DENVER -- Rockies manager Walt Weiss isn't afraid to admit that his pitching staff could use a shot in the arm. But that doesn't mean he's ready to place the pressure squarely on Eddie Butler's shoulders.
"We're not asking him to come in here and be the savior of the staff at his age," said Weiss.
The Rockies announced Tuesday that Butler, the No. 2 ranked prospect in the club's farm system, will be called up Friday from Double-A Tulsa to make his Major League debut in place of the struggling Franklin Morales. With the Rockies losing nine of their last 11 entering Wednesday's action, most outsiders hope this move will serve as just the type of jolt the team needs to get back on track. But ask around the clubhouse and the veterans will tell you a different story.
"I don't think the team looks at it as a shot in the arm or a boost or something," said Michael Cuddyer. "If he's going to go out there and pitch the way he's capable of pitching, I think it's going to be a boost performance-wise."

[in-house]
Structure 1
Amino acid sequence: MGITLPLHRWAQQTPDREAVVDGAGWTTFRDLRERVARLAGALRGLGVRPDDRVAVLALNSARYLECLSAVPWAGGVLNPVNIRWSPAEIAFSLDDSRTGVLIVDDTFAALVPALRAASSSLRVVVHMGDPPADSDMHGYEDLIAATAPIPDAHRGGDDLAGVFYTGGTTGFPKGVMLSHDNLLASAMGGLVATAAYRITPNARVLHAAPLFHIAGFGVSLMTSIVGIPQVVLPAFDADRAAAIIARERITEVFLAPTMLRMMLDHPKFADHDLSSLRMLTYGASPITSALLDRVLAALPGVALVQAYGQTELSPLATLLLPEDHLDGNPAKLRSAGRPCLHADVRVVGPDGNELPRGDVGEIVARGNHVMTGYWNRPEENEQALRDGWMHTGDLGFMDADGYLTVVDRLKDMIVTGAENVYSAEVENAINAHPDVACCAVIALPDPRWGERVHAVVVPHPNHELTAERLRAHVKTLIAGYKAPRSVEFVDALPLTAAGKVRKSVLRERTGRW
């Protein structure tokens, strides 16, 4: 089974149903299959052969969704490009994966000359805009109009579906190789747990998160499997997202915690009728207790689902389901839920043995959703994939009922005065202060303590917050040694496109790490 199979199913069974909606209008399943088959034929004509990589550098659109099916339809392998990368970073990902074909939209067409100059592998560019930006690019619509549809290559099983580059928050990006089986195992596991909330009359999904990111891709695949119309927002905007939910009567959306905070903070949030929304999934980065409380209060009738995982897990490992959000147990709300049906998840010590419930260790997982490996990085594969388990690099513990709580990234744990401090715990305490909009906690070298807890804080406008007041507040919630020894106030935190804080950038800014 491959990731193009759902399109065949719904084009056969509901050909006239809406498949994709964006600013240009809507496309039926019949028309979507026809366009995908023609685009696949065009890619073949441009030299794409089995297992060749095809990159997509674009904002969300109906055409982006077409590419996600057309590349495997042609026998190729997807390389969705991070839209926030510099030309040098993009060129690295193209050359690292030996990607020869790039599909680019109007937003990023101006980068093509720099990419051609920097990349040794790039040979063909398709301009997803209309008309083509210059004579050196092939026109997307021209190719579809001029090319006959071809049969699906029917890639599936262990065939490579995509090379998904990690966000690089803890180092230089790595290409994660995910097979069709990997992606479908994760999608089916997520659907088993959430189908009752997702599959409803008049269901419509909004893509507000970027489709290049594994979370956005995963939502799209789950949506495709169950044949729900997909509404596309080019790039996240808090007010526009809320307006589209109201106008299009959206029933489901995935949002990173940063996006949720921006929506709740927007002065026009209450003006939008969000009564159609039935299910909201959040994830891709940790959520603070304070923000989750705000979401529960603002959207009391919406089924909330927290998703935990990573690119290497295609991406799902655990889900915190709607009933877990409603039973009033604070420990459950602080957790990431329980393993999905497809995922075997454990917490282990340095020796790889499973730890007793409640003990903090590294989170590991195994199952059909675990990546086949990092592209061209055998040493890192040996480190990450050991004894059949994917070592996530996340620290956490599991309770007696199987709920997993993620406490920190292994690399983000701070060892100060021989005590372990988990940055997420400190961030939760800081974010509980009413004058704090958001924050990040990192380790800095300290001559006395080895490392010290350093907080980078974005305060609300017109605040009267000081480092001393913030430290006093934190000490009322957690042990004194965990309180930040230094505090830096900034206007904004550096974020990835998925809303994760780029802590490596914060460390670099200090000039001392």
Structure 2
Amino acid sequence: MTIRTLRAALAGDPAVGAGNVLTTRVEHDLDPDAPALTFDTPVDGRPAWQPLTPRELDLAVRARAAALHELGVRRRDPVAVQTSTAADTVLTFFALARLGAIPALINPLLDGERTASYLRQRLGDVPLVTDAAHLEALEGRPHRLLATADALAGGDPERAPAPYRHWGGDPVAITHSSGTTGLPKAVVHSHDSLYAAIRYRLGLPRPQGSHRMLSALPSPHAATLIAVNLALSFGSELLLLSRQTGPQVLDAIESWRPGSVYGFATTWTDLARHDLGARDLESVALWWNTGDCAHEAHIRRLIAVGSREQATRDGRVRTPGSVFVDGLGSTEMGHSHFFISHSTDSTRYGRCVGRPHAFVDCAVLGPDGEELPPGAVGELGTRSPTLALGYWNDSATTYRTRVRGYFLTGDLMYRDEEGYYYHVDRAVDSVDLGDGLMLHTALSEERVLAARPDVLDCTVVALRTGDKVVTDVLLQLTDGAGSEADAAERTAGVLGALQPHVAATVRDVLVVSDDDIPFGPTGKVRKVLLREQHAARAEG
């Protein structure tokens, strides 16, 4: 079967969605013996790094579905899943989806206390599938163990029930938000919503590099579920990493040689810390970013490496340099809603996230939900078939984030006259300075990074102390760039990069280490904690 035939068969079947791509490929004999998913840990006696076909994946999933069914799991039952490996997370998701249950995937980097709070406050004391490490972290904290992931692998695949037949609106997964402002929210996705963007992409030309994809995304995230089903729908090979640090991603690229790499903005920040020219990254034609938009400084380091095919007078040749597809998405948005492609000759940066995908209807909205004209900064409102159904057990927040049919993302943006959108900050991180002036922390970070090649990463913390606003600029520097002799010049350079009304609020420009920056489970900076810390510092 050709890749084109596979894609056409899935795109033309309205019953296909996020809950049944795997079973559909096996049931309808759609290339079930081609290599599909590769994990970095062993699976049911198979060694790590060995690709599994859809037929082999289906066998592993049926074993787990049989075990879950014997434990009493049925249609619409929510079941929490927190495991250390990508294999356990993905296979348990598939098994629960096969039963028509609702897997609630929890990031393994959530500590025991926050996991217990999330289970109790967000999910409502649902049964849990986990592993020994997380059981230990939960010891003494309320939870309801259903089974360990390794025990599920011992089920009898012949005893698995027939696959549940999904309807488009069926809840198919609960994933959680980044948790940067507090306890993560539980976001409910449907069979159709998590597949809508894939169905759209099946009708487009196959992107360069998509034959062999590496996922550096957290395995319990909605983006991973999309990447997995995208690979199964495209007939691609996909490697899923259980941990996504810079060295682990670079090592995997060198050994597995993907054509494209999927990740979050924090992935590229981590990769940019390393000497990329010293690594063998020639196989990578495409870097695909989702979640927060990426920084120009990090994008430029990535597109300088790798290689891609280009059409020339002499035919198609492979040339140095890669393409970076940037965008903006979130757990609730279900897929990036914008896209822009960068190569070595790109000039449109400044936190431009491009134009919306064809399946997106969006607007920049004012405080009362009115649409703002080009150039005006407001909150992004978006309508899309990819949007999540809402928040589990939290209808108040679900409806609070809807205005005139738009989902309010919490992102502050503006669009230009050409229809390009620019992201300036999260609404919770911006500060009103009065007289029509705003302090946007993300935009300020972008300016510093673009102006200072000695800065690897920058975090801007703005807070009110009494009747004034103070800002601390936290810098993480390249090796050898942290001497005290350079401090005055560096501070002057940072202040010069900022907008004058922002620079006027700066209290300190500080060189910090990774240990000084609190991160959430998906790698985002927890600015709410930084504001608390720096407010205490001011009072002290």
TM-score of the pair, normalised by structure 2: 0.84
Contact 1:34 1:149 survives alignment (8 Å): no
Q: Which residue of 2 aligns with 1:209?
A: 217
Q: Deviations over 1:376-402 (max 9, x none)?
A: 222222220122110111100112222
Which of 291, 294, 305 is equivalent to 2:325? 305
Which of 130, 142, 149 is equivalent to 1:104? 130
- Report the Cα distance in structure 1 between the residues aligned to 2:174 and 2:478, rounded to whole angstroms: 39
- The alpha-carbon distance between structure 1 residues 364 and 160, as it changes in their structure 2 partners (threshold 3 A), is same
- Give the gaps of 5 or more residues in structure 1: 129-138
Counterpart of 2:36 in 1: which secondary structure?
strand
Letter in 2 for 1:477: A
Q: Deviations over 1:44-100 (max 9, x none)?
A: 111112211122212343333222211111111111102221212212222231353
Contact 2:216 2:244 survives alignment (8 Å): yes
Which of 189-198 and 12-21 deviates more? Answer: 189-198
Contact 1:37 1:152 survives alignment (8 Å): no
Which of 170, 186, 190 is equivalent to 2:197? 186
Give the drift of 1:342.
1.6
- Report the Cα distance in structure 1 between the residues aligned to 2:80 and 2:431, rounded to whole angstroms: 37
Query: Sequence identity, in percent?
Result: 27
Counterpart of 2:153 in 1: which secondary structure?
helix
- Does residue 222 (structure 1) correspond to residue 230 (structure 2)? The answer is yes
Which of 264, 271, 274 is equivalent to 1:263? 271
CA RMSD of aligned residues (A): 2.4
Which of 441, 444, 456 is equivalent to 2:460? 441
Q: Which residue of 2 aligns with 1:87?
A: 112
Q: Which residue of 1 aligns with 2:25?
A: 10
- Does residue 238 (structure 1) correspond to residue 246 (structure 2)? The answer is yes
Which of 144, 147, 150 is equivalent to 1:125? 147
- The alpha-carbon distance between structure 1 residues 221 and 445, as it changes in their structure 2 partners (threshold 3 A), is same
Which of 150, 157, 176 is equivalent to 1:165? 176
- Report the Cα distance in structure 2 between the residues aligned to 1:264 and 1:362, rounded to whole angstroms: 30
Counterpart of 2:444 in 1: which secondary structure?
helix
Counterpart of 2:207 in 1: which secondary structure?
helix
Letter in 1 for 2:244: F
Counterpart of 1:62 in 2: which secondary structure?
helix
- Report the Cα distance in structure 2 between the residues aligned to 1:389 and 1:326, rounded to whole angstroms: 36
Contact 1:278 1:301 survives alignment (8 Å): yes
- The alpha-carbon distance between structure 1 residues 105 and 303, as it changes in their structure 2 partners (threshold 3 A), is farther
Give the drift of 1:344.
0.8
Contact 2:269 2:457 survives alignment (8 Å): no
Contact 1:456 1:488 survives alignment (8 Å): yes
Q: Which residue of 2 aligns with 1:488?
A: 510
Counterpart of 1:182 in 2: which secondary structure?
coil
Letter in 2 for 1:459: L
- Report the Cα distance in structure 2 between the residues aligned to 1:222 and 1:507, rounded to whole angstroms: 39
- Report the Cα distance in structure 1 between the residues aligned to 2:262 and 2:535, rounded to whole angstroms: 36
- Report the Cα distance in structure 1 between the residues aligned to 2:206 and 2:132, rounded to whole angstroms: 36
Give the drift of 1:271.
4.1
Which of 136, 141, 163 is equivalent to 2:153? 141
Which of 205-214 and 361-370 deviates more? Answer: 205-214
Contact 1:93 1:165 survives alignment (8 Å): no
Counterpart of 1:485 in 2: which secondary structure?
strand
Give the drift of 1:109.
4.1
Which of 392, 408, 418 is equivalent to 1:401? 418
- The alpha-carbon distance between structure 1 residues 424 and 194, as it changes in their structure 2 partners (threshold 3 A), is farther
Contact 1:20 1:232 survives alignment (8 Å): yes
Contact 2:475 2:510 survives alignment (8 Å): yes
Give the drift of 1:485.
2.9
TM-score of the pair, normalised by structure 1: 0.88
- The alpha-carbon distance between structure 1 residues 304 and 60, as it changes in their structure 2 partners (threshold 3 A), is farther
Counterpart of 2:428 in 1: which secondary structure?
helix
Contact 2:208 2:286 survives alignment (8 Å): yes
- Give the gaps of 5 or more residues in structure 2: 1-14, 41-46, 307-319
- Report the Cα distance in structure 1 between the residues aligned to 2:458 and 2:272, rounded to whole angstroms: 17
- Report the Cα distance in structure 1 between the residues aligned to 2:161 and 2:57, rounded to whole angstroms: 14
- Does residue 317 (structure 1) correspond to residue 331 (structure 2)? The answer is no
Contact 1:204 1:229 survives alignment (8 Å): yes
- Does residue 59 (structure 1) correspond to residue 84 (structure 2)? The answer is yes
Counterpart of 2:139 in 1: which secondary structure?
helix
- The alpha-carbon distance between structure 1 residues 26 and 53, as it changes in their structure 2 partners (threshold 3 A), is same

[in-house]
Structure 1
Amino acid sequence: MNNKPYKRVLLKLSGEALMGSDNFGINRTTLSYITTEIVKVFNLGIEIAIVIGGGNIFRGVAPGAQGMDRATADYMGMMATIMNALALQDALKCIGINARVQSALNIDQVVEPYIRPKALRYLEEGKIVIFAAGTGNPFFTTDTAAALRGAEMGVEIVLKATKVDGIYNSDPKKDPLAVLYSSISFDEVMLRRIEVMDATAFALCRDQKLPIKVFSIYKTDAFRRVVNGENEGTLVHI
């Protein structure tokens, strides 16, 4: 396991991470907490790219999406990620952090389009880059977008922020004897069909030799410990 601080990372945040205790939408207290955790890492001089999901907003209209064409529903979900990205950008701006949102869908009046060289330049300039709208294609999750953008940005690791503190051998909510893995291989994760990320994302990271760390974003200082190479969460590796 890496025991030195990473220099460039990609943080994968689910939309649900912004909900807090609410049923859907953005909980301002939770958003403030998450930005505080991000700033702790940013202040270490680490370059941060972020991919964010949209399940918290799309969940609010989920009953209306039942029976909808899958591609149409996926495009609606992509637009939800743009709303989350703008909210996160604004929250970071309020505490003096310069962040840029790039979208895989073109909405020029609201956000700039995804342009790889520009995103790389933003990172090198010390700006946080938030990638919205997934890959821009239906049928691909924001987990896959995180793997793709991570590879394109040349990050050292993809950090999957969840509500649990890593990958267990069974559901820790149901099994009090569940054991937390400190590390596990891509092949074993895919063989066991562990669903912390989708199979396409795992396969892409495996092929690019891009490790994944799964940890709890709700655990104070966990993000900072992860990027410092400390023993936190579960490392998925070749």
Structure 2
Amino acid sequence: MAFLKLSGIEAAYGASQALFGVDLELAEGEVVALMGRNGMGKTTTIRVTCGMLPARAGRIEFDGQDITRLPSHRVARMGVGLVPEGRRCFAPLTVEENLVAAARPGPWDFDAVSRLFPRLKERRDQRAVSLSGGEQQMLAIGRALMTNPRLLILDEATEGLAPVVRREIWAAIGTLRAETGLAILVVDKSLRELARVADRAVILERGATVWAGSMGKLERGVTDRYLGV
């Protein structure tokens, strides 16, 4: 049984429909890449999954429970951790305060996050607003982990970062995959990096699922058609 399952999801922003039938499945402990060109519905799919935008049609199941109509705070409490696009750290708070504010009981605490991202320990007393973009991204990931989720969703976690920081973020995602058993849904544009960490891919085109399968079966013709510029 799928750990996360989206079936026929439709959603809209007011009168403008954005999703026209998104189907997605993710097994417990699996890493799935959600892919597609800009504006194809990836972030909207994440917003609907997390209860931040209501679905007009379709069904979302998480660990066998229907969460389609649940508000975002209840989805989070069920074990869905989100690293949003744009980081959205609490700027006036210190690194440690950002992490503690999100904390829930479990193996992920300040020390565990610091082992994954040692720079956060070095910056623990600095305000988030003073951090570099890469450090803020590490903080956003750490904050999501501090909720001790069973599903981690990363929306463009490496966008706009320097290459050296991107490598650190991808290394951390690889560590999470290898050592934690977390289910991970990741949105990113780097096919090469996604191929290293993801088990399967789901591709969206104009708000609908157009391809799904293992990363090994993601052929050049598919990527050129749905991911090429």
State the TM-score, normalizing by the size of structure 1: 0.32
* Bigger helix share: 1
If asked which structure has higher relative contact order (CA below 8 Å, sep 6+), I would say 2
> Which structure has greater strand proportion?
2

But no one on Colorado's 25-man roster knows Butler and the delicate balancing act between expectations and performance he will be faced with better than injured left-hander Brett Anderson. It's partly because Butler's locker was to his left in Spring Training and partly because Anderson has lived through what Butler is about to experience.
Anderson was MLB.com's No. 13 overall prospect when he made his Major League debut for an Athletics team in 2009 that was in desperate need of something to build off of. Yet unlike Butler, Anderson had the luxury of getting his feet wet with two other highly-touted prospects.
"I was fortunate enough where it was myself, Trevor Cahill and Gio [Gonzalez]," said Anderson. "We got to experience the ups and downs, the successes and failures together."
Now, Anderson feels it's his duty to pass what he learned from those growing pains on to Butler.
"I'm in a middle period where I'm not a veteran and not a rookie, so I can transition those guys and help them out a little bit," Anderson said.
As for advice, Anderson only had one thing to say: "Just be yourself."
"His stuff can play anywhere," said Anderson. "Obviously you're not going to come out and dominate every outing regardless of how good your stuff is though. So just trust in your stuff and the process."
After all, it's Butler's "stuff" that has Weiss believing the Rockies are making the right move.
"He's been very dominant at times over the last couple of seasons," said Weiss. "We knew he was a big leaguer, it was just a matter of when. And the time is now."
Cody Ulm is an associate reporter for MLB.com. This story was not subject to the approval of Major League Baseball or its clubs.